4  -rwx       13336   Mar 1 1993 00:06:33 +00:00  multiple-fs
    5  -rwx    11607161   Mar 1 1993 02:37:06 +00:00  c2960-lanbasek9-mz.150-2.SE.bin
    6  -rwx         616   Mar 1 1993 00:07:13 +00:00  vlan.dat

32514048 bytes total (20886528 bytes free)
Switch#
Step 3: Delete the VLAN file.

a. If the vlan.dat file was found in flash, then delete this file.

Switch# delete vlan.dat
Delete filename [vlan.dat]?

You will be prompted to verify the file name. At this point, you can change the file name or just press Enter if you have entered the name correctly.
b. When you are prompted to delete this file, press Enter to confirm the deletion. (Pressing any other key will abort the deletion.)

Delete flash:/vlan.dat? [confirm]
Switch#
Step 4: Erase the startup configuration file.

Use the erase startup-config command to erase the startup configuration file from NVRAM. When you are prompted to remove the configuration file, press Enter to confirm the erase. (Pressing any other key will abort the operation.)

Switch# erase startup-config
Erasing the nvram filesystem will remove all configuration files! Continue? [confirm]
[OK]
Erase of nvram: complete
Switch#
Step 5: Reload the switch.

Reload the switch to remove any old configuration information from memory. When you are prompted to reload the switch, press Enter to proceed with the reload. (Pressing any other key will abort the reload.)

Switch# reload
Proceed with reload? [confirm]

Note: You may receive a prompt to save the running configuration prior to reloading the switch. Type no and press Enter.

System configuration has been modified. Save? [yes/no]: no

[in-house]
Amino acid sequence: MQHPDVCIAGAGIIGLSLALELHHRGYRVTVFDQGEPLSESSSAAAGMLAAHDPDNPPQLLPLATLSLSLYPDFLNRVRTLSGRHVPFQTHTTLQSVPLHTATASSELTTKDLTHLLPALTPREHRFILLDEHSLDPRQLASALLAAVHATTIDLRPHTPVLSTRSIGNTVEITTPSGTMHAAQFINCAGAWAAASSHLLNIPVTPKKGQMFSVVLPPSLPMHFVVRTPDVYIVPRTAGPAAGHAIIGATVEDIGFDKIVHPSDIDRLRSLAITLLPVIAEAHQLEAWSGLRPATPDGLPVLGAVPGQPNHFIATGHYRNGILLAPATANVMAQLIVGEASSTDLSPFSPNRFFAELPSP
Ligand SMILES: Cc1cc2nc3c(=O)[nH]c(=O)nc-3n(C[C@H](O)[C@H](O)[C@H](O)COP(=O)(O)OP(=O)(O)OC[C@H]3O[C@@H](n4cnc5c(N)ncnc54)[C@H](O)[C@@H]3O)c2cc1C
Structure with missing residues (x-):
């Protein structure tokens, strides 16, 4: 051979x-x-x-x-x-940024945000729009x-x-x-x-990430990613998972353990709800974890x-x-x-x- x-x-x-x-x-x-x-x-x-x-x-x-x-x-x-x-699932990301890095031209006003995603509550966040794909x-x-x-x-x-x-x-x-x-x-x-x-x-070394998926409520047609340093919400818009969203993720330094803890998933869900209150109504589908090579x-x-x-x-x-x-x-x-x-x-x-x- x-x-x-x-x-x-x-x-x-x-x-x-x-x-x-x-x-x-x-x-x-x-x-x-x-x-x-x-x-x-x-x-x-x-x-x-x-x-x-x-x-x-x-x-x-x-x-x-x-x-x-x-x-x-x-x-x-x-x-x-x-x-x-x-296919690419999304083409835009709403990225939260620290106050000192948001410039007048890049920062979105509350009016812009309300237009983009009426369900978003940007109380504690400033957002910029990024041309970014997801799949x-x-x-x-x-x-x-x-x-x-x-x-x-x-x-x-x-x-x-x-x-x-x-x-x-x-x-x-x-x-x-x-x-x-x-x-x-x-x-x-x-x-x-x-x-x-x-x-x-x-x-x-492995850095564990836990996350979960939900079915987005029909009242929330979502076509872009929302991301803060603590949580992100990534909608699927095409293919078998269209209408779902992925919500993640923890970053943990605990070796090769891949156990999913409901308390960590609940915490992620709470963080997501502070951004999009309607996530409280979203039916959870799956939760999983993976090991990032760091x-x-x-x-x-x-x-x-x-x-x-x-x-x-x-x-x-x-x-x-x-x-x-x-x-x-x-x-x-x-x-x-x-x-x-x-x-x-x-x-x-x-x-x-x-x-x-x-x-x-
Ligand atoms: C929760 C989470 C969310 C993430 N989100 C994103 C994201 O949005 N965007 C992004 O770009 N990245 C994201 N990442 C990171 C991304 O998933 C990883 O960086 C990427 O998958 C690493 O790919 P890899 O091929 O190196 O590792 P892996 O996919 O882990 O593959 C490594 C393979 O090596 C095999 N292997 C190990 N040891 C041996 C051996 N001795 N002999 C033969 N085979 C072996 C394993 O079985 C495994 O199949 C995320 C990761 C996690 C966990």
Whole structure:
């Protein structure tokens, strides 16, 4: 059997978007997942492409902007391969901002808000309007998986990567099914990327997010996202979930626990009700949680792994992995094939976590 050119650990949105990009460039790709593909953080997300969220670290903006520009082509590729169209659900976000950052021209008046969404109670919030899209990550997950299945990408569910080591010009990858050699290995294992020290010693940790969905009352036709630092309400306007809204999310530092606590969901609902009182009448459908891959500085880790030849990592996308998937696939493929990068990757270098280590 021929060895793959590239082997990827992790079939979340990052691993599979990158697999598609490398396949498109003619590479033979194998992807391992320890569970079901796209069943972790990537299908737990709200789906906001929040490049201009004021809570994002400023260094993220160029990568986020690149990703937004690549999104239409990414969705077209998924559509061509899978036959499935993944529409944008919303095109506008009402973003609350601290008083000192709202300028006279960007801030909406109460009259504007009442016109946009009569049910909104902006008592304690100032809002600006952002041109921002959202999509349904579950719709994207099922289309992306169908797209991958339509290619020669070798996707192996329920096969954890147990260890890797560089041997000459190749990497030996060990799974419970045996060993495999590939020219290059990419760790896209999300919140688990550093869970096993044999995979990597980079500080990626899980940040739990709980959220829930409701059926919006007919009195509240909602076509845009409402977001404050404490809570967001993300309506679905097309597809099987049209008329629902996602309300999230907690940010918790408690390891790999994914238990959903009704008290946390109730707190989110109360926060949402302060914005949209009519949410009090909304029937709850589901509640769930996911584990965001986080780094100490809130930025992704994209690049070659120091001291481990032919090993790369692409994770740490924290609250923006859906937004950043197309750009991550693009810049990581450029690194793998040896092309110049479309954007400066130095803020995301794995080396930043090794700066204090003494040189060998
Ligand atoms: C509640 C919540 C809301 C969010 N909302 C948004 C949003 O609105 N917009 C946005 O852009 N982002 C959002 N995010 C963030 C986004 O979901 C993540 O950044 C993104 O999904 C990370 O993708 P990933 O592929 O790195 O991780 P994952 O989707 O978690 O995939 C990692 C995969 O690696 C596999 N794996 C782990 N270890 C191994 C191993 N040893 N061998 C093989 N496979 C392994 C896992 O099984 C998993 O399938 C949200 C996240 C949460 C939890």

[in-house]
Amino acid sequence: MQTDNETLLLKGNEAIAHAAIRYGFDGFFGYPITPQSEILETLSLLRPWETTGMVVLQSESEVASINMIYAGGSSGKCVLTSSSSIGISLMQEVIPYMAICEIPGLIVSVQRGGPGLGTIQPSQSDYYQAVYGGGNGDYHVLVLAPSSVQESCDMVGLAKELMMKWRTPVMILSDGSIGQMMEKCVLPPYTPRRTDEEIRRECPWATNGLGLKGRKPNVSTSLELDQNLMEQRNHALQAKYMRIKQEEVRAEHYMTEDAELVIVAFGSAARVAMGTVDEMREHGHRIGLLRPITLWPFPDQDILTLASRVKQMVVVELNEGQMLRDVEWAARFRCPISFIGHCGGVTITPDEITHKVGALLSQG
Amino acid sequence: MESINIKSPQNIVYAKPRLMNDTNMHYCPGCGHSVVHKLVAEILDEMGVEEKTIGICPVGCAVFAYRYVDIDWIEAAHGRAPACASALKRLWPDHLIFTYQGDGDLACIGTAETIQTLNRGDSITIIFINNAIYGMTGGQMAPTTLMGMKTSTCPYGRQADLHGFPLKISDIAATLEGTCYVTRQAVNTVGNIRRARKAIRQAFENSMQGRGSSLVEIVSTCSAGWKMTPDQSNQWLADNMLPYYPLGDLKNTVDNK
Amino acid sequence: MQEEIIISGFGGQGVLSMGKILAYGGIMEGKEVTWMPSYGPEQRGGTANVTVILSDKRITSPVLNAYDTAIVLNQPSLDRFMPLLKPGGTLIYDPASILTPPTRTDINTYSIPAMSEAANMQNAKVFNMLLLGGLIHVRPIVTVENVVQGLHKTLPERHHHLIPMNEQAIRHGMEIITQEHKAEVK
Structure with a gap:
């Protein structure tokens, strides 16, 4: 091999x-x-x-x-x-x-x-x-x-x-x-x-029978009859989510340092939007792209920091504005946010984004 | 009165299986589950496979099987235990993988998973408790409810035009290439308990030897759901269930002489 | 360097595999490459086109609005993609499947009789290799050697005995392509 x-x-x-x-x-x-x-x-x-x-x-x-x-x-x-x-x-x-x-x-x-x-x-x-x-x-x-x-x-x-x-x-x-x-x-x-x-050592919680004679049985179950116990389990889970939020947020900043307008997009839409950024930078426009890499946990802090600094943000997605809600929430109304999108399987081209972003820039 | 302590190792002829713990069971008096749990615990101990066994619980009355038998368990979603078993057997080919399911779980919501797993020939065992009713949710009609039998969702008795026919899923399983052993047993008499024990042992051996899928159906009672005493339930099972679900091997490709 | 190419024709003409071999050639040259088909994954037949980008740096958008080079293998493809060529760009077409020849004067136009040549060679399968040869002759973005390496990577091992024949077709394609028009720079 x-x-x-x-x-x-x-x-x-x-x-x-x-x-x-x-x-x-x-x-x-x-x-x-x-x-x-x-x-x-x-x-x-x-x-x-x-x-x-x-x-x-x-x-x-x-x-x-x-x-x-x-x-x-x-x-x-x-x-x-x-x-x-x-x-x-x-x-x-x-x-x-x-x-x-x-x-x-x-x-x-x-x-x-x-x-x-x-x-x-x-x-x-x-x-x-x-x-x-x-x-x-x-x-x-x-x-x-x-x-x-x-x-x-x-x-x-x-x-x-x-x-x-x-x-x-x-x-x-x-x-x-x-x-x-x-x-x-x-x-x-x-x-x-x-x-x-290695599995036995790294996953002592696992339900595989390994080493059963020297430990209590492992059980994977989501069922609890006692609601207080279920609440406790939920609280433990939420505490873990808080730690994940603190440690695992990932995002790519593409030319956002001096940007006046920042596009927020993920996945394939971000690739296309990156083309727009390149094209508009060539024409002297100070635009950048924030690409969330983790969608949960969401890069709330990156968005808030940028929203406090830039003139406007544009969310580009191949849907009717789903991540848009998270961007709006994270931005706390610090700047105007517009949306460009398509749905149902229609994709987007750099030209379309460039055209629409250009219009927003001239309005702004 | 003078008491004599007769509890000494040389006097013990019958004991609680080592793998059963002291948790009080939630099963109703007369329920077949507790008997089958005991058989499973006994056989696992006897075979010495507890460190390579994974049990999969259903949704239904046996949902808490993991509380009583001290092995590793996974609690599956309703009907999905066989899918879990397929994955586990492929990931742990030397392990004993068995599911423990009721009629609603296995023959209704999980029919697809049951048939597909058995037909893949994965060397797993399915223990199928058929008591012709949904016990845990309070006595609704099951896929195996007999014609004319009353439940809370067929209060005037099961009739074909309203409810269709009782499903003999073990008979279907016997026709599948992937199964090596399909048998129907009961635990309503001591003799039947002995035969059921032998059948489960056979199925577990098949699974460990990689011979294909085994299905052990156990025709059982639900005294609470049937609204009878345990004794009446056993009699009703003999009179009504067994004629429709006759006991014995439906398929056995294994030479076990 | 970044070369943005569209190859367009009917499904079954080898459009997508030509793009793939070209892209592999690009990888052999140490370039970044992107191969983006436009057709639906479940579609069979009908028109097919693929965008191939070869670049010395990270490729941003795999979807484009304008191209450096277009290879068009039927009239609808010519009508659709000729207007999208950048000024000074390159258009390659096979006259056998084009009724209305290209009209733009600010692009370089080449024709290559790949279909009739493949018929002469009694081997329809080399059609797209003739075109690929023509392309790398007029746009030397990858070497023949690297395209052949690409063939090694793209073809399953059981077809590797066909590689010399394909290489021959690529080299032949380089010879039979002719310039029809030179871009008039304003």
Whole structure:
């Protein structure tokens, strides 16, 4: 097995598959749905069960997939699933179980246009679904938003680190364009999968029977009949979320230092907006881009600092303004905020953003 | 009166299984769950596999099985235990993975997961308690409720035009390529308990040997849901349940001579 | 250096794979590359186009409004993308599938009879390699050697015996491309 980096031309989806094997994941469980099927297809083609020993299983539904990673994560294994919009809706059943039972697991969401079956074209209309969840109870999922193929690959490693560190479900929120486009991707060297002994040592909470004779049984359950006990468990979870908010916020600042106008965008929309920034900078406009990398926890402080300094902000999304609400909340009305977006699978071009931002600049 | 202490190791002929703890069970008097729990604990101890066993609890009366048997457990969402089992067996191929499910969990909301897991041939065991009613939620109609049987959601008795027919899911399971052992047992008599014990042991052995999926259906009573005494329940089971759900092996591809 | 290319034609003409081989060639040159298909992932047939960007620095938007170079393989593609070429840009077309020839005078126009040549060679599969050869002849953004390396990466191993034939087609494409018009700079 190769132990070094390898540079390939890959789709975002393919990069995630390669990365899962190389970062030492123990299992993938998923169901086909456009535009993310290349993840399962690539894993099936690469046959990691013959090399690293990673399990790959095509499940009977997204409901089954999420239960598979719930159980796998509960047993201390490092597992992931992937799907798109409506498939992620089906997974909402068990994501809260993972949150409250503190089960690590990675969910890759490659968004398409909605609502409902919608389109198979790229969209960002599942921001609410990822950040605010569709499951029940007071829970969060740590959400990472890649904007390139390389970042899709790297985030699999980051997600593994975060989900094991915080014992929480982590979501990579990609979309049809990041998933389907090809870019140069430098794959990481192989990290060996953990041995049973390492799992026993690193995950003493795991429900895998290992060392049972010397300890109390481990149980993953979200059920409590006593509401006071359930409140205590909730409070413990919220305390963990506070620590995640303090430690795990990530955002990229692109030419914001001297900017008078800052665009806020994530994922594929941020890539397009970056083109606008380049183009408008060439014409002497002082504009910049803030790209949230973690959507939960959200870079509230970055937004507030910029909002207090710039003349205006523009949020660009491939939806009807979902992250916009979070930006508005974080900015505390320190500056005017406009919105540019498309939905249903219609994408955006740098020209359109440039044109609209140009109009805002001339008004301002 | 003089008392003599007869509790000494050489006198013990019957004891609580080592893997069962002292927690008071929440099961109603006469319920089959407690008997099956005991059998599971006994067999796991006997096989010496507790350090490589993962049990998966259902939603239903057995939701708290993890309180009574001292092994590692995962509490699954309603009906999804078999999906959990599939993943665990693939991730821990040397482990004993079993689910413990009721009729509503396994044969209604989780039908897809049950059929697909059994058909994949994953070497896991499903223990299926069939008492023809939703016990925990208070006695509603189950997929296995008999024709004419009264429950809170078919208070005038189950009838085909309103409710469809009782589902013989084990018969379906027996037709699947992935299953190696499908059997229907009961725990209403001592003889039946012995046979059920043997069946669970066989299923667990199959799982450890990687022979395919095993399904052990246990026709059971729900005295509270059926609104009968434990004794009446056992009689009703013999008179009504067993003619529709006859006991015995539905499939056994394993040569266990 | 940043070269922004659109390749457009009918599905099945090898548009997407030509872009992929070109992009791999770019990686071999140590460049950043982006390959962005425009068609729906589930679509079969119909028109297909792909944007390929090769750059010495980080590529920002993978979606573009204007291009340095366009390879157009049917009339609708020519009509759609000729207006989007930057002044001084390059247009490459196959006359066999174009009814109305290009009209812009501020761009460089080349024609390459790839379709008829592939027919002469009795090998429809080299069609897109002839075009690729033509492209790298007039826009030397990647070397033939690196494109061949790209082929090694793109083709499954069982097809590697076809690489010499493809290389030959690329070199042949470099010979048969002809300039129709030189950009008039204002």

Step 6: Bypass the initial configuration dialog.

After the switch reloads, you should see a prompt to enter the initial configuration dialog. Type no at the prompt and press Enter.

Would you like to enter the initial configuration dialog? [yes/no]: no
Switch>

Reflection Questions

1. Why is it necessary to erase the startup configuration before reloading the router?
The startup configuration file is loaded into memory and becomes the running-config after the router reloads. Erasing this file allows the router to return to its basic configuration after a reload.
2. You find a couple configurations issues after saving the running configuration to the startup configuration, so you make the necessary changes to fix those issues. If you were to reload the device now, what configuration would be restored to the device after the reload?
The configuration at the time of the last save is restored to the device after a reload. Any changes made to the running configuration after the last save would be lost.

Router Interface Summary Table
Router Model Ethernet Interface #1 Ethernet Interface #2 Serial Interface #1 Serial Interface #2
1800 Fast Ethernet 0/0 (F0/0) Fast Ethernet 0/1 (F0/1) Serial 0/0/0 (S0/0/0) Serial 0/0/1 (S0/0/1)
1900 Gigabit Ethernet 0/0 (G0/0) Gigabit Ethernet 0/1 (G0/1) Serial 0/0/0 (S0/0/0) Serial 0/0/1 (S0/0/1)
2801 Fast Ethernet 0/0 (F0/0) Fast Ethernet 0/1 (F0/1) Serial 0/1/0 (S0/1/0) Serial 0/1/1 (S0/1/1)
2811 Fast Ethernet 0/0 (F0/0) Fast Ethernet 0/1 (F0/1) Serial 0/0/0 (S0/0/0) Serial 0/0/1 (S0/0/1)
2900 Gigabit Ethernet 0/0 (G0/0) Gigabit Ethernet 0/1 (G0/1) Serial 0/0/0 (S0/0/0) Serial 0/0/1 (S0/0/1)
4221 Gigabit Ethernet 0/0/0 (G0/0/0) Gigabit Ethernet 0/0/1 (G0/0/1) Serial 0/1/0 (S0/1/0) Serial 0/1/1 (S0/1/1)
4300 Gigabit Ethernet 0/0/0 (G0/0/0) Gigabit Ethernet 0/0/1 (G0/0/1) Serial 0/1/0 (S0/1/0) Serial 0/1/1 (S0/1/1)

Note: To find out how the router is configured, look at the interfaces to identify the type of router and how many interfaces the router has. There is no way to effectively list all the combinations of configurations for each router class. This table includes identifiers for the possible combinations of Ethernet and Serial interfaces in the device. The table does not include any other type of interface, even though a specific router may contain one. An example of this might be an ISDN BRI interface. The string in parenthesis is the legal abbreviation that can be used in Cisco IOS commands to represent the interface.